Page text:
Some of the most prominent pioneers among the group, including François Truffaut, Jean-Luc Godard, Éric Rohmer, Claude Chabrol, and Jacques Rivette, began as critics for the famous film magazine Cahiers du cinéma. Cahiers co-founder and theorist André Bazin was a prominent source of influence for the movement. By means of criticism and editorialization, they laid the groundwork for a set of concepts, revolutionary at the time, which the American film critic Andrew Sarris called the 'auteur theory.'

Cahiers du cinéma writers critiqued the classic "Tradition of Quality" style of French Cinema. Bazin and Henri Langlois, founder and curator of the Cinémathèque Française, were the dual godfather figures of the movement. These men of cinema valued the expression of the director's personal vision in both the film's style and script.

The 'auteur theory' holds that the director is the "author" of his movies, with a personal signature visible from film to film. They praised movies by Jean Renoir and Jean Vigo, and made then-radical cases for the artistic distinction and greatness of Hollywood studio directors such as Orson Welles, John Ford, Howard Hawks, Alfred Hitchcock and Nicholas Ray. The beginning of the New Wave was to some extent an exercise by the Cahiers writers in applying this philosophy to the world by directing movies themselves.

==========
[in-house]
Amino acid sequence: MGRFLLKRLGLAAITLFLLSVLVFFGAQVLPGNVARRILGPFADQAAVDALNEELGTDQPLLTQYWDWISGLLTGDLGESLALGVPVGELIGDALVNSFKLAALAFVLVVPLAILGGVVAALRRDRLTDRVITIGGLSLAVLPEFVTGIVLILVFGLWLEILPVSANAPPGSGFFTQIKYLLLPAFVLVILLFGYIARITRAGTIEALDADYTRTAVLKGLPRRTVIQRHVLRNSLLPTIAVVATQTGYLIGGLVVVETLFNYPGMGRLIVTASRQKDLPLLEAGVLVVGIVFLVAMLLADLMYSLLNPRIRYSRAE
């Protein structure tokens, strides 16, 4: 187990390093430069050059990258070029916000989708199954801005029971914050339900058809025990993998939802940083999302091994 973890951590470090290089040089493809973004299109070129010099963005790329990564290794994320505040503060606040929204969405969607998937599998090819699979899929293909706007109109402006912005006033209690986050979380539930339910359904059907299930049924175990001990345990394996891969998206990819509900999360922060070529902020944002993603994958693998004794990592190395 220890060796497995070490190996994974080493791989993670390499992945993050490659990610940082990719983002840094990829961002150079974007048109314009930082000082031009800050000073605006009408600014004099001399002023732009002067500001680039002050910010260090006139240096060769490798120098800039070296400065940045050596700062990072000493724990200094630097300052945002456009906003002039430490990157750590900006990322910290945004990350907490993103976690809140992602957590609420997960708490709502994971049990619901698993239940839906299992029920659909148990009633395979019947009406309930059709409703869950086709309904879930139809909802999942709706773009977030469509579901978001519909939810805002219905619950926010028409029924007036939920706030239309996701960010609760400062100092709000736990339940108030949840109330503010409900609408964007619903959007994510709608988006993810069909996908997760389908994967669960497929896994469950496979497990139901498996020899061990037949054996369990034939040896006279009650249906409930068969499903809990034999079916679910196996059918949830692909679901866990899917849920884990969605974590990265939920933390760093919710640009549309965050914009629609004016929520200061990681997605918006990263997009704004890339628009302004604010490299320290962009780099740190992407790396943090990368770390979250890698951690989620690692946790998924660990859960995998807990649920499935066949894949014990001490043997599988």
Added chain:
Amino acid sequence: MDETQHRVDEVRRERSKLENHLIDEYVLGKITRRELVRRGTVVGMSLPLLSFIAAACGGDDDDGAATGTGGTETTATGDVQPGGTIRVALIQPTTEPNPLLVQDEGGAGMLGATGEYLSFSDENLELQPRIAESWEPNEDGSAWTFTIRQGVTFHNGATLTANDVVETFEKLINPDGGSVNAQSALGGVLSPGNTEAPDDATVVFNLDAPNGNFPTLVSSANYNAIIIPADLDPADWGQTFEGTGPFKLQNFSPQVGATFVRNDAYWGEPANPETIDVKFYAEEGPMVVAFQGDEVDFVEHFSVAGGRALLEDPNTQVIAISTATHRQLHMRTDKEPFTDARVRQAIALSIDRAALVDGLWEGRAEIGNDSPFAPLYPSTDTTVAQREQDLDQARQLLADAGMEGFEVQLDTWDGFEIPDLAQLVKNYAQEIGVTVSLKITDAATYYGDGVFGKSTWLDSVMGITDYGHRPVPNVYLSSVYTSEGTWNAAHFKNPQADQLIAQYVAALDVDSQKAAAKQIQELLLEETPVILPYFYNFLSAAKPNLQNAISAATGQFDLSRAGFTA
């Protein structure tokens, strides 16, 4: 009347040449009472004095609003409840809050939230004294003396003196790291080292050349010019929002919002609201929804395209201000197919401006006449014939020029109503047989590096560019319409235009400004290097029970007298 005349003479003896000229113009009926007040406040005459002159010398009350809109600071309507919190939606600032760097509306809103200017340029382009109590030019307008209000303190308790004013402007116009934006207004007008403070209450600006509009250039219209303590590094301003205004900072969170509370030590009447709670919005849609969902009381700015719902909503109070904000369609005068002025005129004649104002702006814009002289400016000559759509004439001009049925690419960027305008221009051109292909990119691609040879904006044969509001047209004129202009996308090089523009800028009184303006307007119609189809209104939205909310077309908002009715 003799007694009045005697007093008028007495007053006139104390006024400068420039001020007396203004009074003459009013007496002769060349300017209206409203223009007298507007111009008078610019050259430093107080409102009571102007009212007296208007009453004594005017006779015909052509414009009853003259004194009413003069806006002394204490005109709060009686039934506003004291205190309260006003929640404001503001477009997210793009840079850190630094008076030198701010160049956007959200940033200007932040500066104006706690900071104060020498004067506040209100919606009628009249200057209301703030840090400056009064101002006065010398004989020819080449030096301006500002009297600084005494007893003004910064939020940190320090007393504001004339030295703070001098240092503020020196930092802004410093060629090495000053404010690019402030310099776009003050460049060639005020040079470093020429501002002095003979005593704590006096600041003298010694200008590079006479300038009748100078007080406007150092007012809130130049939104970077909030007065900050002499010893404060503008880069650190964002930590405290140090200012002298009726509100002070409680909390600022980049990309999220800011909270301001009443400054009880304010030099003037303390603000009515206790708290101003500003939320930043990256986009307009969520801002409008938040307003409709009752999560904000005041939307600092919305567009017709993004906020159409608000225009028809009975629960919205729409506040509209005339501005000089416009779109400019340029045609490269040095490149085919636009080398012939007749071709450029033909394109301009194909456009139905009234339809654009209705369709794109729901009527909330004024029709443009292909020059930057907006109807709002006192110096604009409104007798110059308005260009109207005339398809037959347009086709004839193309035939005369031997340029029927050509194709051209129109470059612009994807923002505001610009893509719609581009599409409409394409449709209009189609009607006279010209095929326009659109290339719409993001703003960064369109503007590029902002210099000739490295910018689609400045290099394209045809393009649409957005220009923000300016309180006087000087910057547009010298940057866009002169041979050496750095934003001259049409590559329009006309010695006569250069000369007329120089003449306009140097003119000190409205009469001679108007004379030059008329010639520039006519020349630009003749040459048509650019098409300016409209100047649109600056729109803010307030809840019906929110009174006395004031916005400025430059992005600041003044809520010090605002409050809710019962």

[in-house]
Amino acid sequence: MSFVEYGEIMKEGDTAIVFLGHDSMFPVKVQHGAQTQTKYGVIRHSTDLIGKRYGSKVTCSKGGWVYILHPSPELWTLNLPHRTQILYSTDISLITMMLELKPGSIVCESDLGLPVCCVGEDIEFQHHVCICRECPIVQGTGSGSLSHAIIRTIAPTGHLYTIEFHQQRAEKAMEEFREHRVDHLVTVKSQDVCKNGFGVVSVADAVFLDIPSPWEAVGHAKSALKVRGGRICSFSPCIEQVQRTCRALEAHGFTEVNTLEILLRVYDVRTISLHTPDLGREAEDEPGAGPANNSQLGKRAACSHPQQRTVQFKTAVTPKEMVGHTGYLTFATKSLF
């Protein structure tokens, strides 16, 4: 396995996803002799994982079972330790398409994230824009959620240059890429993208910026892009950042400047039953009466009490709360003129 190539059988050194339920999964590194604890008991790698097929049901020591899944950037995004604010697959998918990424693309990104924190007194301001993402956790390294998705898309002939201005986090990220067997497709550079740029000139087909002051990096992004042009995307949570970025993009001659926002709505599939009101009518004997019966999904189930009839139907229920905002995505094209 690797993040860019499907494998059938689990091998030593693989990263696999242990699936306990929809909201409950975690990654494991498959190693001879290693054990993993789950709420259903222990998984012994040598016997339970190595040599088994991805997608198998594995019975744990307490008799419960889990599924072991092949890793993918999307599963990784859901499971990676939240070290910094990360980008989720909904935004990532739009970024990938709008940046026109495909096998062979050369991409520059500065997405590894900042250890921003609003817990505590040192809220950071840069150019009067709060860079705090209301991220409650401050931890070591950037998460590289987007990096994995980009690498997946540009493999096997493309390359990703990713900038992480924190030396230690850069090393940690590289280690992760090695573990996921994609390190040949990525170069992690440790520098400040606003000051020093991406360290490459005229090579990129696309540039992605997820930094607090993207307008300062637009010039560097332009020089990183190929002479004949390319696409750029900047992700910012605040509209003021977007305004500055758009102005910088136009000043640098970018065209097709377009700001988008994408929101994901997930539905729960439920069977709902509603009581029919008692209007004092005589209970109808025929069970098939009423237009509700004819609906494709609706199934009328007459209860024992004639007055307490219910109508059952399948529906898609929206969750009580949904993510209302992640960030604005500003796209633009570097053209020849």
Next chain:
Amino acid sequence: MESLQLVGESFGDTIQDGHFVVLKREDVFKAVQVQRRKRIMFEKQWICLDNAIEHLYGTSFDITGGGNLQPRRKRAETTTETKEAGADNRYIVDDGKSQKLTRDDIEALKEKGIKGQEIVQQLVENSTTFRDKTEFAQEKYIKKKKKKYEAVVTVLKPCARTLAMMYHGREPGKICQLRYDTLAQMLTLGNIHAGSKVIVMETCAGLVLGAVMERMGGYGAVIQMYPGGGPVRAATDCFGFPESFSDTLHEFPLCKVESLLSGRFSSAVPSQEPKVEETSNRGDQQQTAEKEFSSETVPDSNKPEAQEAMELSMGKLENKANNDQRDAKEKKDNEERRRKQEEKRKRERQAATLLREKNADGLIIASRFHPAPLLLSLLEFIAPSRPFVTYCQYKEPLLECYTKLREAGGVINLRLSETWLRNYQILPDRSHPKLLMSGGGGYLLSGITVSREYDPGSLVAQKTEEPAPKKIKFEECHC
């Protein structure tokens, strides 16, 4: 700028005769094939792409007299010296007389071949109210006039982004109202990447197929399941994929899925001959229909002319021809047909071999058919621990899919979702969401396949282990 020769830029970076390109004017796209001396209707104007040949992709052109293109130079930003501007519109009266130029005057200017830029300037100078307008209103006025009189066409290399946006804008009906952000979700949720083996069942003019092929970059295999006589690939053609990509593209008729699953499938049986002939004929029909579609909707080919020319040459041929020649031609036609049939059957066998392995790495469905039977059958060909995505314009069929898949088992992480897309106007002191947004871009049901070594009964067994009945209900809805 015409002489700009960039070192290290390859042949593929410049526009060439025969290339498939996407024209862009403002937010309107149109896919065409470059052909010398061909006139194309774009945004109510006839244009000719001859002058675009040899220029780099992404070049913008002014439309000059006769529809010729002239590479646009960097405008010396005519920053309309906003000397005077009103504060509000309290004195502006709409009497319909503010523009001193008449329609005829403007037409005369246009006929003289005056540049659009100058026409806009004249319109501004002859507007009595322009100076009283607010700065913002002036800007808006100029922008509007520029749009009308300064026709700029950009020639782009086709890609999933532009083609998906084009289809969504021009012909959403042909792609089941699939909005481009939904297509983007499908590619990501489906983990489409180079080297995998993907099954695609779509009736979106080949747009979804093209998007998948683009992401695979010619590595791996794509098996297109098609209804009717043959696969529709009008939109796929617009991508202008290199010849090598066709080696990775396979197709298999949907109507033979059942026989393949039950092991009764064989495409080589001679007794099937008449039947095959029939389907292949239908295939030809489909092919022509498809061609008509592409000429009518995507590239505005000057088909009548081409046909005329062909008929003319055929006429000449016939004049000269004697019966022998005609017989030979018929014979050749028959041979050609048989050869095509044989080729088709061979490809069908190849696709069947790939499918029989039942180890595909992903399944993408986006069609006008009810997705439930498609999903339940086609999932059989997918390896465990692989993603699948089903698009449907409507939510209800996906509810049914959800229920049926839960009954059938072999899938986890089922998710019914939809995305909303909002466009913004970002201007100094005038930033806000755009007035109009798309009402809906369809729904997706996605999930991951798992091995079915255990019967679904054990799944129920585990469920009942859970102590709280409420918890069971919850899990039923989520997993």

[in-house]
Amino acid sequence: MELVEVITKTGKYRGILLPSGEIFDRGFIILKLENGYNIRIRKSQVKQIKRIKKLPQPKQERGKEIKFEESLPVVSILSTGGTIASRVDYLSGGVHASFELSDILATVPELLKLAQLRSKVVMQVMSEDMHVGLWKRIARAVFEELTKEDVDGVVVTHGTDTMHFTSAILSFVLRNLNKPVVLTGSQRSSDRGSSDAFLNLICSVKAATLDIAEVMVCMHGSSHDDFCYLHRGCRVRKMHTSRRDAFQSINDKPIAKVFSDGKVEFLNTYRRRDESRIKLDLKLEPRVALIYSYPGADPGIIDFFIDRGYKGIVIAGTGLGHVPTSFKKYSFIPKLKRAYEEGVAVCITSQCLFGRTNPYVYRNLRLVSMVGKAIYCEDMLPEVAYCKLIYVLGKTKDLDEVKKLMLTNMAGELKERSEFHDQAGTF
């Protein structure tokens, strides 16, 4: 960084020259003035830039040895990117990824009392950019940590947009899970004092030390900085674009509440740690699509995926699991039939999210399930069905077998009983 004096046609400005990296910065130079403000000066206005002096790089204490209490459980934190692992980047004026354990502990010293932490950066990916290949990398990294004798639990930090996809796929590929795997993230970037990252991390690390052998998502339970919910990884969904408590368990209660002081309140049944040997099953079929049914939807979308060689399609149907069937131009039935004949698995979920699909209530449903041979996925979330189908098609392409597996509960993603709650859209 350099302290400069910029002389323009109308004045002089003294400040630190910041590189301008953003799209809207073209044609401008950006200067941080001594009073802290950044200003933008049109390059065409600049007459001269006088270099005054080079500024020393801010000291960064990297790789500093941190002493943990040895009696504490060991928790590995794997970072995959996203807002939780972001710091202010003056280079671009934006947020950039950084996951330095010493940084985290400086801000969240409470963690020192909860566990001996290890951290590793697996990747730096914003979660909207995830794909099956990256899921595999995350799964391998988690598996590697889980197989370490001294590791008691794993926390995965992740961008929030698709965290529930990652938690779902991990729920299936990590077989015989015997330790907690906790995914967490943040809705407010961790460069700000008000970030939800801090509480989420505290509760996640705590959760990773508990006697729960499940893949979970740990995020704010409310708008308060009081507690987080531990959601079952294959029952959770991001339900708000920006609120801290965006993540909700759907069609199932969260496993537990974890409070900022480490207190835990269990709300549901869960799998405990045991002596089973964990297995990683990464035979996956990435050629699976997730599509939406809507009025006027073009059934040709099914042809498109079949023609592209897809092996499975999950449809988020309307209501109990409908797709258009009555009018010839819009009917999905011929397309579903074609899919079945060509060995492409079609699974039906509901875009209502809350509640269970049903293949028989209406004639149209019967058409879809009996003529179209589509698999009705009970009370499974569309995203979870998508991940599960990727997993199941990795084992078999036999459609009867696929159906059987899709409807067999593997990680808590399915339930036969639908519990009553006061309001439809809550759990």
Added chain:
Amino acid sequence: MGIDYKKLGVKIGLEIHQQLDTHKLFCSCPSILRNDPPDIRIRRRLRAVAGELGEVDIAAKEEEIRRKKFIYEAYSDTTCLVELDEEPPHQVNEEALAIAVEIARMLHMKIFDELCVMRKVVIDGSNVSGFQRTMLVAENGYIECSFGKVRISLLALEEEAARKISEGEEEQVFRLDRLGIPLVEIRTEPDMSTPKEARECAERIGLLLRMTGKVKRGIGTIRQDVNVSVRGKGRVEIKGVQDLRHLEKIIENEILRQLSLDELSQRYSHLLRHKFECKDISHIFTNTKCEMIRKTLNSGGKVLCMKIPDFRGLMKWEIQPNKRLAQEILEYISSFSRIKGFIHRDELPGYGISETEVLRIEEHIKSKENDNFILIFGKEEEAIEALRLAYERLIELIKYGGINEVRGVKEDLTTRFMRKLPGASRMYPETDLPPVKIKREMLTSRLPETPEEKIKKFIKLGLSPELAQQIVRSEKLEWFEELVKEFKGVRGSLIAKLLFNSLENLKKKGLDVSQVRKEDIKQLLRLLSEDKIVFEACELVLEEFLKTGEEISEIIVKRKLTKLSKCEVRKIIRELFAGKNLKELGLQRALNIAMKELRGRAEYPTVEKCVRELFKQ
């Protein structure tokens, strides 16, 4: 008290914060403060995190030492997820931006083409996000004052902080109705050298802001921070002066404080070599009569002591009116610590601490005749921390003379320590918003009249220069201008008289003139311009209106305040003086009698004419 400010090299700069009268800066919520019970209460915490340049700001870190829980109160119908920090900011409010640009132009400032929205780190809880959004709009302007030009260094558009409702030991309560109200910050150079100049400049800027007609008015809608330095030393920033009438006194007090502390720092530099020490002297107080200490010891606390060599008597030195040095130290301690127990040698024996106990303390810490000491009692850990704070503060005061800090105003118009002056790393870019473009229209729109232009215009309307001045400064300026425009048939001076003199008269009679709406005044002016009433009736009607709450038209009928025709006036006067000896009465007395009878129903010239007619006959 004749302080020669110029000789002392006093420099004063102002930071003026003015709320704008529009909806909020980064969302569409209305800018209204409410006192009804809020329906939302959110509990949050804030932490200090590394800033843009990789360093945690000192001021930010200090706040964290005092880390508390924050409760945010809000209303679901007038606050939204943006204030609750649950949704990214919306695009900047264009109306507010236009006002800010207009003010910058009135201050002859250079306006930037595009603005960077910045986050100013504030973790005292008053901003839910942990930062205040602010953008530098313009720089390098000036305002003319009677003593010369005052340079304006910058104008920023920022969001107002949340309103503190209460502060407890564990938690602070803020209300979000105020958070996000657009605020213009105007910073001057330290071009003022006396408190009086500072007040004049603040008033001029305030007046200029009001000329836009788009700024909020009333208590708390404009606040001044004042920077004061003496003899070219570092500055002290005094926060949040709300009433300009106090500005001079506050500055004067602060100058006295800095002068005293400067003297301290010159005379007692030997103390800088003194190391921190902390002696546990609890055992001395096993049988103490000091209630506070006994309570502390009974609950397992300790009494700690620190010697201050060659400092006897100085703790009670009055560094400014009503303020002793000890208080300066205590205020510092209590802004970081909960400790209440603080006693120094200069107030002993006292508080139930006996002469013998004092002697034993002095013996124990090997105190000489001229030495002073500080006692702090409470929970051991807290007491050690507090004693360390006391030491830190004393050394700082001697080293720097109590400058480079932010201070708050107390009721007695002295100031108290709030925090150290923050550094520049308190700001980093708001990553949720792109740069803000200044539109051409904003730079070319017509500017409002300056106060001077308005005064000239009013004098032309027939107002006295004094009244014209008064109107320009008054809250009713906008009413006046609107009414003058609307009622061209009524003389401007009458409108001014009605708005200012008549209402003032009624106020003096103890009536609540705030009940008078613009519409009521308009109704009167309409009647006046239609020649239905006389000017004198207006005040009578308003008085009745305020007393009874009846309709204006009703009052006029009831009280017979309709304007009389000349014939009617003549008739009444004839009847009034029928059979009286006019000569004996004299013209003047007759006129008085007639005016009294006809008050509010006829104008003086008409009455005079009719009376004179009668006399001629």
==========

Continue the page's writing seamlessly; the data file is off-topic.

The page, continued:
Truffaut, with The 400 Blows (1959) and Godard, with Breathless (1960) had unexpected international successes, both critical and financial, that turned the world's attention to the activities of the New Wave and enabled the movement to flourish. Part of their technique was to portray characters not readily labeled as protagonists in the classic sense of audience identification.

The auteurs of this era owe their popularity to the support they received with their youthful audience. Most of these directors were born in the 1930s and grew up in Paris, relating to how their viewers might be experiencing life. They were considered the first film generation to have a "film education", knowledge of and references to film history. With high concentration in fashion, urban professional life, and all-night parties, the life of France's youth was being exquisitely captured.